You are the light of the world…a city on a hill cannot be hidden. No one lights a lamp and places it under a basket…so shine.  Shine in this world that loves its darkness…be that light that reflects the perfect light that was shining through Jesus on that mountain. Shine in a way that reveals your identity as a beloved child of God.

We do that…and we’ll see some change in this world…because that’s the work that God has invited us into through the one who was shining in the first place.  Amen.

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Who Am I 9-16-18

In this sermon, based on Mark 8:27-38, Jesus poses a question “Who do you say that I am?” Its a big question, and a difficult one to answer. And yet its worth pondering on.

You can listen to the audio of the sermon here: (note this looks differently than simply listing the link as in past postings…listen by clicking the orange play button in the top left corner).

You can also follow along with the text of the sermon here:

Grace and peace to you in the name of the Father and the Son and the Holy Spirit. Amen

A few days back I had a conversation with an old friend…and we got to talking about the irony of cell phones.  Pretty much everyone walks around with a phone in their pocket these days…which means that it should be incredibly easy to get a hold of each other.

And yet…no one answers their phone do they? Maybe we can blame it on caller id…when the phone rings…if its not someone’s name, or a number that we recognize…we let it go to voice mail don’t we? This was what my friend and I were discussing…and in the midst of this discussion she said “You know, its probably the telemarketers fault.”

She said it in passing…but that statement stuck with me long after the conversation was over…and it made me think back to my younger years, before everyone had a cell phone…when we’d answer the old landline at the house…and that coupled with remembering countless conversations with telemarketers…calls that would go along these lines…Hello…a long pause while the robo-dialer connected on the other end…and then…Hello…is this Mr DaHlen? (cringe and hang up the phone).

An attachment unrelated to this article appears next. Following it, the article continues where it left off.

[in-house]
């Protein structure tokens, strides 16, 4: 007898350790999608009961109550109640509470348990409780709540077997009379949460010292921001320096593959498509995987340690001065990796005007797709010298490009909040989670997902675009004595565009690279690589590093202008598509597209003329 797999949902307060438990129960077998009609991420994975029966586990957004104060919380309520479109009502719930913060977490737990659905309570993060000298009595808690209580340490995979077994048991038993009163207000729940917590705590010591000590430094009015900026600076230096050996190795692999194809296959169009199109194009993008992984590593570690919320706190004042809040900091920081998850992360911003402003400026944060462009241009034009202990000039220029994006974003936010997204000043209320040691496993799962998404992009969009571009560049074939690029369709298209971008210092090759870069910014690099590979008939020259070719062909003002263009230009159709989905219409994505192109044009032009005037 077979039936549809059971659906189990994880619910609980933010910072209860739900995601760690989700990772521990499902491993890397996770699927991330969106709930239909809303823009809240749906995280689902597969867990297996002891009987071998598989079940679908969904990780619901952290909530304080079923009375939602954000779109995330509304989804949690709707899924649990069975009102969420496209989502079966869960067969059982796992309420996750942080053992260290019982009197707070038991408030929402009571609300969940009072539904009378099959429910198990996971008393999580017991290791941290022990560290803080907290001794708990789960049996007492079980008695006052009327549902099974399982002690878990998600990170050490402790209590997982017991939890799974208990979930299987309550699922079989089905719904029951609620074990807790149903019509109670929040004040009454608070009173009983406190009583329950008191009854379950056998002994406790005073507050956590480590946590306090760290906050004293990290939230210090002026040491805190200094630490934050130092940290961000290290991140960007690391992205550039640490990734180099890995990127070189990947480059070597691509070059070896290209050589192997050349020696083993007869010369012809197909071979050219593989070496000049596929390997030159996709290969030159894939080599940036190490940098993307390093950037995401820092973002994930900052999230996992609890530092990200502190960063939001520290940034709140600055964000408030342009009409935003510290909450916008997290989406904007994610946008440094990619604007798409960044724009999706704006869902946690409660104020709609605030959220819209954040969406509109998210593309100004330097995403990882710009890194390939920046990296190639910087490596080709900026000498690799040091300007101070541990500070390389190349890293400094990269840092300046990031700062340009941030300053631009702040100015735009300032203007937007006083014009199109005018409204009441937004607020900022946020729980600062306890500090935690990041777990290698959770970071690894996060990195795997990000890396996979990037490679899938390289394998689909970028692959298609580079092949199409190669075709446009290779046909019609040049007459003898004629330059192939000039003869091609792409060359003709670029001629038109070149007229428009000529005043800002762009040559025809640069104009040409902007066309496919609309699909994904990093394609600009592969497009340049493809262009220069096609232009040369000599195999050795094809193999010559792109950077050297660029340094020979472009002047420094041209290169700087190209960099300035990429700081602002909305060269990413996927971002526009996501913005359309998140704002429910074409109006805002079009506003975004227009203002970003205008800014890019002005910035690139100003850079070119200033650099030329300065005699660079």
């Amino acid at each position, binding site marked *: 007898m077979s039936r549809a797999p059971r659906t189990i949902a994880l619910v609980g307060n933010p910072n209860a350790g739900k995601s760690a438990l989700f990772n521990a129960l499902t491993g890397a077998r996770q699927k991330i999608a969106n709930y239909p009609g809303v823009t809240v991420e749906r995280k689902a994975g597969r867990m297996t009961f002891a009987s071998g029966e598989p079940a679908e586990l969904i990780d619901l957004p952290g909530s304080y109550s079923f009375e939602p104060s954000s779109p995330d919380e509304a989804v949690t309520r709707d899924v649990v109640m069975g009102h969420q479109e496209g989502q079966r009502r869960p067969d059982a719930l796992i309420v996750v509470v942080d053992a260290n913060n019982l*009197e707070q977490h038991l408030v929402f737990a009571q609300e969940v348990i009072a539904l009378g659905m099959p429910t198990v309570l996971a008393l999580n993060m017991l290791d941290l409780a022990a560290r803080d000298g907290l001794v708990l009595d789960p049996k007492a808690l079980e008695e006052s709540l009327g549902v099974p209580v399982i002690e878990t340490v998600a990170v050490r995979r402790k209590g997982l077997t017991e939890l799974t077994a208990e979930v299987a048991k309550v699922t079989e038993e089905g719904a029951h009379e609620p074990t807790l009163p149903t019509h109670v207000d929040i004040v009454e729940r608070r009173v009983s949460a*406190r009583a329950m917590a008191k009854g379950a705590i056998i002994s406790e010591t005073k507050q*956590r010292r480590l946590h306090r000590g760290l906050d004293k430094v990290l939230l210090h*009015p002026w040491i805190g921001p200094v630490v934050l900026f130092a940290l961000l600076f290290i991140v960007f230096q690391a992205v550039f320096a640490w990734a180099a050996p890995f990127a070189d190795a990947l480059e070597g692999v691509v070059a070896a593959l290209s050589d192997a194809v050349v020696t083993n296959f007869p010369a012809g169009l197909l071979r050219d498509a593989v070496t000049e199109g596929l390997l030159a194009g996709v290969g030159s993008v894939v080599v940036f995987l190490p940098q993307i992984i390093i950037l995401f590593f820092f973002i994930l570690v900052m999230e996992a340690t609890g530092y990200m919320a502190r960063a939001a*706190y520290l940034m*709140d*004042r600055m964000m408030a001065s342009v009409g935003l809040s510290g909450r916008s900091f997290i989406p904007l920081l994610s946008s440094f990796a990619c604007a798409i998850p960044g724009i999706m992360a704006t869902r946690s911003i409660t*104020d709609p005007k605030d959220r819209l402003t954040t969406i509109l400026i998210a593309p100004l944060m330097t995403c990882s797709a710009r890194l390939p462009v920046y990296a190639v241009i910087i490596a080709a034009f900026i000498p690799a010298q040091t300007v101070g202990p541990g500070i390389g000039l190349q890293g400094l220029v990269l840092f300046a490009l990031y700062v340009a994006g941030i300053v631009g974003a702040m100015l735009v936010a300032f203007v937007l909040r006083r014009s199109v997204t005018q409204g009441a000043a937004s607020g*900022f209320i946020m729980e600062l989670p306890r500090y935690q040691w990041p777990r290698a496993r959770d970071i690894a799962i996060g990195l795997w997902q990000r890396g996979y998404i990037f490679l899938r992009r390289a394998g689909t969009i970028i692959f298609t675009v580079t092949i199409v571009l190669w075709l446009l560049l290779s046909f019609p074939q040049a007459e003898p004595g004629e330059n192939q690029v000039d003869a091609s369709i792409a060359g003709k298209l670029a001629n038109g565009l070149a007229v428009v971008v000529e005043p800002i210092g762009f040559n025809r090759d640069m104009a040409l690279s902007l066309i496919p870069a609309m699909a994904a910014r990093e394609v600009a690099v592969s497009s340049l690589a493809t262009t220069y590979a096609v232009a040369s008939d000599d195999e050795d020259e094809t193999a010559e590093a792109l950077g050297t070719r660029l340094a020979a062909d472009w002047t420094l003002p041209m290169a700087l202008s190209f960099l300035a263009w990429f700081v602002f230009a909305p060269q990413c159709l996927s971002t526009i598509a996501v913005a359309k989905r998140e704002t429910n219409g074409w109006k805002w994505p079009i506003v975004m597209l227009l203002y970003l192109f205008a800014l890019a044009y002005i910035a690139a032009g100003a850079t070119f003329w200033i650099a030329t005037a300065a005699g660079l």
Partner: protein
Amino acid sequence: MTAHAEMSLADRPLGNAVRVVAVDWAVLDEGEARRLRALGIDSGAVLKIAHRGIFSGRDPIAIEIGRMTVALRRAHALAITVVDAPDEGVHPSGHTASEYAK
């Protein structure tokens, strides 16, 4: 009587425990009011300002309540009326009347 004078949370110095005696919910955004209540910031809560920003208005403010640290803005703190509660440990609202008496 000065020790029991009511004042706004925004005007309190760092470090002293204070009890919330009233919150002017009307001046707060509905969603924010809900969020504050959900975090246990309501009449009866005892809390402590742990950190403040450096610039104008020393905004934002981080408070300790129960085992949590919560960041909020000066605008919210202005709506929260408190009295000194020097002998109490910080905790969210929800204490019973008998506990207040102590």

It was in this moment that I recognized a pretty major pet-peeve…I hate it when names get mispronounced…an issue that happens with my last name with a LOT of regularity. I’ll be honest, I don’t really know why this bugs me so much…but it does…it feels like the person calling me by name really doesn’t know me…and vice-versa in the times when I’m the one doing the mispronunciation, it probably feels the same way to them……and I can only think that it points to a sense of unfamiliarity…a lack of understanding…or relationship…whether intentional or not…its just not a good feeling.

And I can’t help but think that this sense is present in our gospel for today…this lack of understanding or familiarity…and Jesus is still making the rounds during his ministry prior to his intentional turn towards Jerusalem and what will ultimately culminate in his death.

We are right about the half-way point of Mark’s gospel with where we pick things up today. And it would seem that Jesus thinks its about time to check in and see what people are saying…and so, as he walks around with his myriad of followers in tow, he asks the simple question.  Who do people say that I am?

The disciples respond with the various chatter that they’ve heard. Some call him John the Baptist…others Elijah or one of the prophets…and none of these are really out of line…his ministry and his message certainly have similarities with these different figures who came before in Israel’s history.